The Arapovo monastery “St Nedelya” is located 8km to the northeast of the town of Assenovgrad, close to the village of Zlatovrah (formerly named Arapovo). “St Nedelya” is one of the few Bulgarian monasteries built in the field and not in the natural protection of the mountain.
One of its kind, the monastery was built during the Ottoman rule of Bulgaria. According to the legend, water from the monastery’s holy spring cured the beloved one of Arap Bey, a local Turkish ruler. Arap Bey was so grateful that he donated a plot of land and allowed the construction of a monastery around the spring. Firstly, the monastery emerged as a monks’ simple residence close to the holy spring in 1856. It was transformed into a thorough monastery complex by 1863 with donations by patriotic citizens of Plovdiv, as a counteraction to the assimilatory attempts of the Greek Church at that time. The monastery complex was built by Rhodopi masters from the village of Yugovo, led by Stoyan Uzunov (Gudevski). The monastery church was constructed in 1859, as it can be seen from an inscription over its western door. The church represents an imposing three-nave, three-apse stone building, with its exterior being covered with stone plates. Six stone columns support the dome, while the floor is covered with marble tiles. The altar’s iconostasis and the four small icons at the columns were painted by the famous painter of the Bulgarian Renaissance period, Georgi Ganchov – Zografina, a close friend and collaborator of Vassil Levski. At the beginning Ganchov worked with his teacher, Alexii Atanassov, but due to unknown reasons, later on he was left to finish the church alone, when he was only 18 years old. More than 150 scenes are painted in the frescoes of the church. The life and work of the saint brothers, Cyril and Methodius, can be seen here for the first time in Bulgaria’s monumental painting. This is done in a cycle of 10 consecutive themes, in which the images of the saint brothers are not canonised but look rather lively. One of the most valuable icons of the monastery is the one of the Holy Mother that is considered to be miracle-working. It can be seen to the right of the southern entrance. It is painted so that its sight always follows the worshipers. The most original building in the complex is the tower of Angel Voyvoda – one of the most famous rebels against the Turkish rulers. According to a legend, he personally mandated the tower’s construction. The tower is rectangular, and had been used both as a watchtower and as a residential building. The first two floors are made of stone and have narrow windows that served as loop-holes. The third floor represents the actual residential part, and has a wooden frame-built construction with strongly-outgoing bays. There are four rooms in this floor that are currently rented out to visitors. The old holy spring can be found behind the monastery’s walls, not far away from the northern entrance. The first chapel of the monastery that is still preserved was built around it. The chapel was painted in 1870, again by Georgi Ganchov. The monastery was closely connected with the educational and revolutionary activity in the region. A school for priests was established here in 1868 and it functioned in parallel to an existing school for children from the region. In 1871-1872, “St Nedelya” served as one of the many monastery shelters of Levski.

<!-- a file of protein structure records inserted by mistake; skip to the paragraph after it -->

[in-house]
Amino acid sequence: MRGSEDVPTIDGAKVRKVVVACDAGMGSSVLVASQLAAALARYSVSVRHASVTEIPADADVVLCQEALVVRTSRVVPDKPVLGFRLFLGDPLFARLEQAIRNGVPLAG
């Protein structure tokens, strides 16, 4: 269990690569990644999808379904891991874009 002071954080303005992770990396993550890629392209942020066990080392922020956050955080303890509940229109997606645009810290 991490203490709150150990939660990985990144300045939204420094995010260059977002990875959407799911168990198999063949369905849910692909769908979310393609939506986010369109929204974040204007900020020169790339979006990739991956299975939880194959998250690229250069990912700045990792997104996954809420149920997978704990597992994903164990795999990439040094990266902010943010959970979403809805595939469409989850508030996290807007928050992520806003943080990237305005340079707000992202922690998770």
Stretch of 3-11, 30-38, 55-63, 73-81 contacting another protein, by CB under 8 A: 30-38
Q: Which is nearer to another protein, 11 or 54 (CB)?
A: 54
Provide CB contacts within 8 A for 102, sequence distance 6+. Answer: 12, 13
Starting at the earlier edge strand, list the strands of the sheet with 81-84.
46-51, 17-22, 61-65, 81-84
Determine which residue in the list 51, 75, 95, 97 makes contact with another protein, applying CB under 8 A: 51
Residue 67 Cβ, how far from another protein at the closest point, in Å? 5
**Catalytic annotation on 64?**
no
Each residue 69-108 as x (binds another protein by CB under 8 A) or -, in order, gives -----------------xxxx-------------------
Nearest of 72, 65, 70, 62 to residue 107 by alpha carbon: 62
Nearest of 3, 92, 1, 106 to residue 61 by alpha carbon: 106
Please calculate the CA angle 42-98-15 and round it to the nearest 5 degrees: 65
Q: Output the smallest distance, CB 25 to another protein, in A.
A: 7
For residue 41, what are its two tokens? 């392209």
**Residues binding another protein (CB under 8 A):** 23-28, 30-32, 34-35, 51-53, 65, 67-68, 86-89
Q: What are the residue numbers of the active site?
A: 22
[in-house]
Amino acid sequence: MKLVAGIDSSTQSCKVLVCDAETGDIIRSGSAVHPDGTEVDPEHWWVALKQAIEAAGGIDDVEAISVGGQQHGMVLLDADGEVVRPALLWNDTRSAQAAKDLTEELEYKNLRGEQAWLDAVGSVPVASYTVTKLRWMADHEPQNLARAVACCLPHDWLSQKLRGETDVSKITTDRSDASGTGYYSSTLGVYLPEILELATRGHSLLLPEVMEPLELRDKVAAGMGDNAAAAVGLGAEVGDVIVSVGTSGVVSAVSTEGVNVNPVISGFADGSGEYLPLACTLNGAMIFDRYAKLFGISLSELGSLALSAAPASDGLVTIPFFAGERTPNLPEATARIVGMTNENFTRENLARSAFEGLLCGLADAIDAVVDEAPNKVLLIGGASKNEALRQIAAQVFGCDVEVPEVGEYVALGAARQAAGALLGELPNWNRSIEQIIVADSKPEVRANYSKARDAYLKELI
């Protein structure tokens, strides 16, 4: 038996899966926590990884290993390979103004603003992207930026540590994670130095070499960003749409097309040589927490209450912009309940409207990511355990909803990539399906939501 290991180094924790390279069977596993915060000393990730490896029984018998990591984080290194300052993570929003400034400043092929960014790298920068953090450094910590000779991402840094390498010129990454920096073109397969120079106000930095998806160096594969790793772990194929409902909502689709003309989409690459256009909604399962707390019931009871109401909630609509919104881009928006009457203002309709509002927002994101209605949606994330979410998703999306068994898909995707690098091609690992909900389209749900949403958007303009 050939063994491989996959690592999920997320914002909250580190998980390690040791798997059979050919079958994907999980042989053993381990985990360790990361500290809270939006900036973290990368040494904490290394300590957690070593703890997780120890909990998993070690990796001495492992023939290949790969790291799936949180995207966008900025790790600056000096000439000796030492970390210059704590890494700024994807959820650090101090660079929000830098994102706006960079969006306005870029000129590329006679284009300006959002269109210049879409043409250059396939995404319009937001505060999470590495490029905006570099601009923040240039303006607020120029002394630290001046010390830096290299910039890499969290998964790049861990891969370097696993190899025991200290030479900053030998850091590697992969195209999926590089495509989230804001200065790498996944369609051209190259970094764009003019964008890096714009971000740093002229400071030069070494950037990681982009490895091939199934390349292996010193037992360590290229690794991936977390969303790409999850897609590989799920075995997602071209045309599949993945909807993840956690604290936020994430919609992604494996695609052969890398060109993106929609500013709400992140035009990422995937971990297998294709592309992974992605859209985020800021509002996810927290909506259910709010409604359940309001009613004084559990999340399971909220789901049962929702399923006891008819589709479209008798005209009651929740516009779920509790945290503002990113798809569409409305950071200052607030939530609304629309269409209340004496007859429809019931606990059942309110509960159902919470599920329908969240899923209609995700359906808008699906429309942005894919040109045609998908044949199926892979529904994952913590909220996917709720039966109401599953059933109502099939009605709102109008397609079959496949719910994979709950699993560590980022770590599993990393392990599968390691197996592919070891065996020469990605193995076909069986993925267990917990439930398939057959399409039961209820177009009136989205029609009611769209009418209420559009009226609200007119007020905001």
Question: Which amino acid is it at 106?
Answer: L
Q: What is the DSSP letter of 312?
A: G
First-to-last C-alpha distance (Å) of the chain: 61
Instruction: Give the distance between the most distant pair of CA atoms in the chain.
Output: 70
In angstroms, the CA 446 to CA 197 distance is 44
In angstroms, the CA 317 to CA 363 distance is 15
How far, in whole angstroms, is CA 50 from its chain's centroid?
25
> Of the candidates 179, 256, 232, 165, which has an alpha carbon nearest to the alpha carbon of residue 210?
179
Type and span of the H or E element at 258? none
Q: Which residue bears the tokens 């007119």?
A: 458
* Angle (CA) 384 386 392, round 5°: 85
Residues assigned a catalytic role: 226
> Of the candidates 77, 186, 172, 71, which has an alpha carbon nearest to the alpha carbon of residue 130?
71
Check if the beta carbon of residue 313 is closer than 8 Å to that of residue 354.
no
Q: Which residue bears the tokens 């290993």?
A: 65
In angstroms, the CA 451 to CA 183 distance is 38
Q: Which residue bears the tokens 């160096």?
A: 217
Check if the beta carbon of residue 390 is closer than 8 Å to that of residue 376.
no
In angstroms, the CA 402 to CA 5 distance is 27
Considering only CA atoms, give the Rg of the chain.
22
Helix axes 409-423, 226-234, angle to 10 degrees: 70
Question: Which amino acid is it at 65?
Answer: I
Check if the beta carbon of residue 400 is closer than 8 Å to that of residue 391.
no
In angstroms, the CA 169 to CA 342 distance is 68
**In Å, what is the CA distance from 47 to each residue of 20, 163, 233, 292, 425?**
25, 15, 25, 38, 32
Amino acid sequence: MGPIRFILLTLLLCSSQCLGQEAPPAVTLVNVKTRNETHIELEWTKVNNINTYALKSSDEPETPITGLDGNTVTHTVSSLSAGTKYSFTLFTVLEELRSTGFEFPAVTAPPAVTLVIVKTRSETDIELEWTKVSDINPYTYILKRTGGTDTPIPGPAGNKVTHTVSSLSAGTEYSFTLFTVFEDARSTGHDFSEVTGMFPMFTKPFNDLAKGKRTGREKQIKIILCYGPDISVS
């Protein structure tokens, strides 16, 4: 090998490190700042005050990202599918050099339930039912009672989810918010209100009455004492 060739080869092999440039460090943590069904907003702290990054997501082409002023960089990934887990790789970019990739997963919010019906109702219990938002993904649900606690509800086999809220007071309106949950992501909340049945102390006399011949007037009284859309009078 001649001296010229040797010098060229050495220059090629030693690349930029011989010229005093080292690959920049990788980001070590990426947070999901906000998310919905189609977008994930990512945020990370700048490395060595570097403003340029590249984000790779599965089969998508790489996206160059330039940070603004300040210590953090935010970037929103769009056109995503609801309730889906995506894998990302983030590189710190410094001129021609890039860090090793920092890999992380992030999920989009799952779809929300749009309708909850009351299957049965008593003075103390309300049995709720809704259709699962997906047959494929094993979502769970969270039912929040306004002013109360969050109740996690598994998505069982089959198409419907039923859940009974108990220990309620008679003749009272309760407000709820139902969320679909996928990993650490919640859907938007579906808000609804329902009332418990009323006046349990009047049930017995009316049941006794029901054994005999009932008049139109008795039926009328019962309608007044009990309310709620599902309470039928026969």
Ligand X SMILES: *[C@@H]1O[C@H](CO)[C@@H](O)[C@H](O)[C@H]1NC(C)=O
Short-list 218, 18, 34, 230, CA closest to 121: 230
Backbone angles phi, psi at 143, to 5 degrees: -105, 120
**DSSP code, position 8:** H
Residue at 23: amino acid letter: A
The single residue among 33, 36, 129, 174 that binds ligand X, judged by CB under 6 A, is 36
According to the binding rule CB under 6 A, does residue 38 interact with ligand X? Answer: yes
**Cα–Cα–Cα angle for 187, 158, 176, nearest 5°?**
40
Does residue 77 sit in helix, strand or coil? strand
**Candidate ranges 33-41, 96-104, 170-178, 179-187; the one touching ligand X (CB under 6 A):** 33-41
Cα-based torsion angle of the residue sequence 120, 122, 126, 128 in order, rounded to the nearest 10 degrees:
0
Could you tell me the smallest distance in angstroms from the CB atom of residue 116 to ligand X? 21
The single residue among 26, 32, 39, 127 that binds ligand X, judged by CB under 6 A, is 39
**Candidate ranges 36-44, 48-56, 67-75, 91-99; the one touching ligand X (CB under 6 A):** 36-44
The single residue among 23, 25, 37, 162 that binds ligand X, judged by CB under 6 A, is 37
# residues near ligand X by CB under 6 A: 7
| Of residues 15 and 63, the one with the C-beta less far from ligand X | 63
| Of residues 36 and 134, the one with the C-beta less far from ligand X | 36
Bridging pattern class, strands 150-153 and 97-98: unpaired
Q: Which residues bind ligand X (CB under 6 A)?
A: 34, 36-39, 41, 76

Food is not offered, but the monastery avails of several rooms that are rented out to visitors. The rooms are nothing luxurious, while the bathroom is shared. Yet they are often fully rented out for big Christian holidays so booking beforehand is recommended.
The monastery is easy to reach from Assenovgrad by following the road to the town of Purvomay. Shortly after leaving Assenovgrad, one need to take a signed asphalt off-road to the right that leads to the monastery.
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